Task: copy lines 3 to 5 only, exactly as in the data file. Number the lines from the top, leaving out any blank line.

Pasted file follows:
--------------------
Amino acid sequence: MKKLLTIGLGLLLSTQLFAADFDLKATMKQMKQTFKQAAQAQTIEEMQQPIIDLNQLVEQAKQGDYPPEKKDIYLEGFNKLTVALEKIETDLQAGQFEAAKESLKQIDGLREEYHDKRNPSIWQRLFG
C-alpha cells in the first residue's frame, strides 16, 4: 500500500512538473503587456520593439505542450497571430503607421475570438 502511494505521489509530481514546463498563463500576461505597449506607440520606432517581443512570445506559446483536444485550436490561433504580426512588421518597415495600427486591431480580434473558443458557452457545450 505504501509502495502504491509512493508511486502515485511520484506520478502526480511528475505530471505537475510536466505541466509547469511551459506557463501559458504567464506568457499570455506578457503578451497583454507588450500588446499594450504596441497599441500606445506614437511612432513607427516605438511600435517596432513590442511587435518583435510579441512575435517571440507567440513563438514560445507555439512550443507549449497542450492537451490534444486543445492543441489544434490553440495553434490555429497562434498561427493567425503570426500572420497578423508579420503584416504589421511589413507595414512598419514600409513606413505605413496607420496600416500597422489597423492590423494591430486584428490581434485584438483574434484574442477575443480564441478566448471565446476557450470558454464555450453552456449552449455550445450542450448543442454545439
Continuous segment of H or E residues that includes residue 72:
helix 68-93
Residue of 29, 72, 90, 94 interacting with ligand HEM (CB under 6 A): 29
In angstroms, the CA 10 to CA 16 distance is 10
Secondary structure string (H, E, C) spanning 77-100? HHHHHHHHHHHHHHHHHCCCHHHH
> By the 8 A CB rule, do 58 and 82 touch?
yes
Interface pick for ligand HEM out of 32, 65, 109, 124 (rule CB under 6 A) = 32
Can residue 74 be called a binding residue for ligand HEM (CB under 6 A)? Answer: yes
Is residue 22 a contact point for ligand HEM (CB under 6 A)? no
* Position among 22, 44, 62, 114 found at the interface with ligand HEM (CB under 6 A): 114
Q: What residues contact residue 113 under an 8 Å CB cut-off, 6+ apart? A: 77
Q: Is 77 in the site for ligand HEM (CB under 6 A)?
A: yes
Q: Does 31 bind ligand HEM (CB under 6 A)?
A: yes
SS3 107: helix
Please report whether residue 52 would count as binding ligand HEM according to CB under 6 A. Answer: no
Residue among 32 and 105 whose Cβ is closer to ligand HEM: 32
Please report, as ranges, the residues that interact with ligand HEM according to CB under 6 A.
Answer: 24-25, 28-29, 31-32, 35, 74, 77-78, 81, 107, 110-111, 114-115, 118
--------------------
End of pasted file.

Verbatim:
Continuous segment of H or E residues that includes residue 72:
helix 68-93
Residue of 29, 72, 90, 94 interacting with ligand HEM (CB under 6 A): 29